Goods lost in transit is a perennial problem, but now there is evidence that it is becoming more of an issue with the growth of online shopping. A recent survey of loss prevention professionals found that 88 per cent see retailers placing a greater focus on fraudulent goods lost in transit (GLIT) claims than they were two years ago, and the same proportion view returns fraud as a similar or greater risk.
The Transactis-Retail Knowledge survey also indicated that lost deliveries and returns fraud is not an isolated problem: 81 per cent of the experts surveyed saw a correlation between GLIT and other types of loss, while 94 per cent saw a link between any opportunist fraud and other types of fraudulent activity.
And it suggested that most retailers have a long way to go to put in place the methods and infrastructure necessary to deal with fraud: only 13 per cent of loss prevention experts believe retailers can distinguish between legitimate and false GLIT claims without alienating genuine customers; while just 31 per cent believe retailers are aware of the gross margin loss caused by GLIT claims.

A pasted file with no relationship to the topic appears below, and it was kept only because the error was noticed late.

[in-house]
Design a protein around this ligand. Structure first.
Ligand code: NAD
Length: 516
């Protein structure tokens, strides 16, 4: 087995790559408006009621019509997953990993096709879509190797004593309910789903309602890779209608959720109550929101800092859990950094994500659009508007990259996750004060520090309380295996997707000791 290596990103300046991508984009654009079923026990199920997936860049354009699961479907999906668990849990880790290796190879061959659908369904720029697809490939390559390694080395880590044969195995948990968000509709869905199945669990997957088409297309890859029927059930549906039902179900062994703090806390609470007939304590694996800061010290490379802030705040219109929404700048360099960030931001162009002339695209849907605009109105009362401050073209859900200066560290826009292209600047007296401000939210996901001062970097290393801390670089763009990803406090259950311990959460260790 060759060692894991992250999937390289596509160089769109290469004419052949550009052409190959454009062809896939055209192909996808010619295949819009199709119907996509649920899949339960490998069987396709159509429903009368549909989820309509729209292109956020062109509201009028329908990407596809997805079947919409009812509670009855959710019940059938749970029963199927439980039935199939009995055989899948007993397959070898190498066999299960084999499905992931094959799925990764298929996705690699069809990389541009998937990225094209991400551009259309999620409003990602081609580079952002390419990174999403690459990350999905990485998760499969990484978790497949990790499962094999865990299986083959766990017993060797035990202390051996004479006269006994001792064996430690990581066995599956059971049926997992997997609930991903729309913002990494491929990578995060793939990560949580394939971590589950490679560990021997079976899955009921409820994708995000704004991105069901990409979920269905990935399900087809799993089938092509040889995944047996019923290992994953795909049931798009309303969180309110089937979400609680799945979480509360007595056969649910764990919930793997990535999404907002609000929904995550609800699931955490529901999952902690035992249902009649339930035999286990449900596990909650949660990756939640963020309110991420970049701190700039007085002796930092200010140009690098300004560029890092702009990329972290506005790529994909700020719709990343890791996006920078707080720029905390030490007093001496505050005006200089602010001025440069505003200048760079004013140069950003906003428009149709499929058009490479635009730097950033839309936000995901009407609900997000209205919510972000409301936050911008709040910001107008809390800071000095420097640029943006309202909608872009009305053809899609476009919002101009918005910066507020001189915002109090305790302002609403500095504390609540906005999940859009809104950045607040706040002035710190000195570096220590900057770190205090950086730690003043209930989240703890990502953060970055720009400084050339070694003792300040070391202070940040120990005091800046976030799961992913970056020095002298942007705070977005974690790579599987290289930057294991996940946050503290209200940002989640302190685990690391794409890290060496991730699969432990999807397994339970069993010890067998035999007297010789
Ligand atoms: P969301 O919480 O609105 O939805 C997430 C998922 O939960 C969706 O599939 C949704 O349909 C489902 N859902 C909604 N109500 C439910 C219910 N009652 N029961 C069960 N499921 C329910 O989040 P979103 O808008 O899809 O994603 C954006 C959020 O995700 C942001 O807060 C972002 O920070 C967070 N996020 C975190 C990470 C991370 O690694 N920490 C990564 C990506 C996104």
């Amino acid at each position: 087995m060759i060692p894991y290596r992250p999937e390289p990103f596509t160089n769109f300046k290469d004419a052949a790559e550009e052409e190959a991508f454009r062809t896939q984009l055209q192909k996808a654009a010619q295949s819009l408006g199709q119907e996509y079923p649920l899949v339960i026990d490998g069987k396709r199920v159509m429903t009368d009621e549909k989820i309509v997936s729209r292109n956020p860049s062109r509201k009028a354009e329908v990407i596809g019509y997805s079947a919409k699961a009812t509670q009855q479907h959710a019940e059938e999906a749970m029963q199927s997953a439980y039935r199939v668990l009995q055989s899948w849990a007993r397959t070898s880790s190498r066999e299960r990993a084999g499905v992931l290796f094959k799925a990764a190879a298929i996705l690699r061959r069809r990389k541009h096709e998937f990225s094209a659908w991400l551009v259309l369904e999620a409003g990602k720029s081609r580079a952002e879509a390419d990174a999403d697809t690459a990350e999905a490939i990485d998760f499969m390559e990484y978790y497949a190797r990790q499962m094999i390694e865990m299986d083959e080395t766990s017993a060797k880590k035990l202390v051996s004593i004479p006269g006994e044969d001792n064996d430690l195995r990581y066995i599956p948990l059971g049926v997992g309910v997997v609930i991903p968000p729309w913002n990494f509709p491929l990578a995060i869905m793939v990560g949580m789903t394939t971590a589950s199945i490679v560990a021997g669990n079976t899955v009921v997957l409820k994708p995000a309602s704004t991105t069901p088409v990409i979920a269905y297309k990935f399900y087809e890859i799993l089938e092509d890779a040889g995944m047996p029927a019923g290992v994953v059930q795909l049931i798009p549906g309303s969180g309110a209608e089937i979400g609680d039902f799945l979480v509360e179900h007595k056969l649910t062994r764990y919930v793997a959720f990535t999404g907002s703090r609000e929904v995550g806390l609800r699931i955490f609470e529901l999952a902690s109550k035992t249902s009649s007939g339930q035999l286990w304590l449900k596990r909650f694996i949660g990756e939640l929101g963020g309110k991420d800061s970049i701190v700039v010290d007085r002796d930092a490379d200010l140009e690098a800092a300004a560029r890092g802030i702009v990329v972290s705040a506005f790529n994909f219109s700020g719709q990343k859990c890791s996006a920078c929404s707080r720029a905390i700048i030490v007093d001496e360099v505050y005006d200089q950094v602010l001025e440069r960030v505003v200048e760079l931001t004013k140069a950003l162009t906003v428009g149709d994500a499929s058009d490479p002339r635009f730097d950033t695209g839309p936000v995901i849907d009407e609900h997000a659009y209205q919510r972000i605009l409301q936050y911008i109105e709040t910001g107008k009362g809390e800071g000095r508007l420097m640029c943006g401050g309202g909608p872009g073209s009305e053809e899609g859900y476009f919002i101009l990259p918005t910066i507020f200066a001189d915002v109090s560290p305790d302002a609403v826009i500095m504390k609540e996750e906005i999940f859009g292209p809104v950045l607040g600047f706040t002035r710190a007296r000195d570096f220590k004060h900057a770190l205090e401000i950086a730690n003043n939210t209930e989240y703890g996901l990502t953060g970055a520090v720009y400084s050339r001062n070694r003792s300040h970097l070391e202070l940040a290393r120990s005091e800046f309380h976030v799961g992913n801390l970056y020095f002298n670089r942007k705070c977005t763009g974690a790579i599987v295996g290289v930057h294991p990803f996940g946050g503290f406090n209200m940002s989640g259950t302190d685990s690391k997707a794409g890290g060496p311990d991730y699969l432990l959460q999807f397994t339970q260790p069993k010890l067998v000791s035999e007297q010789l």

Transactis argues that some consumers see failure to use data properly to track their actions or an in invitation to take advantage. Another survey of 1,000 consumers found, for example, that half would keep an extra item if a retailer mistakenly delivered two instead of one.
As we move further into the era of big data, managing supply chain data more effectively to minimise fraudulent goods lost in transit is going to be a major challenge.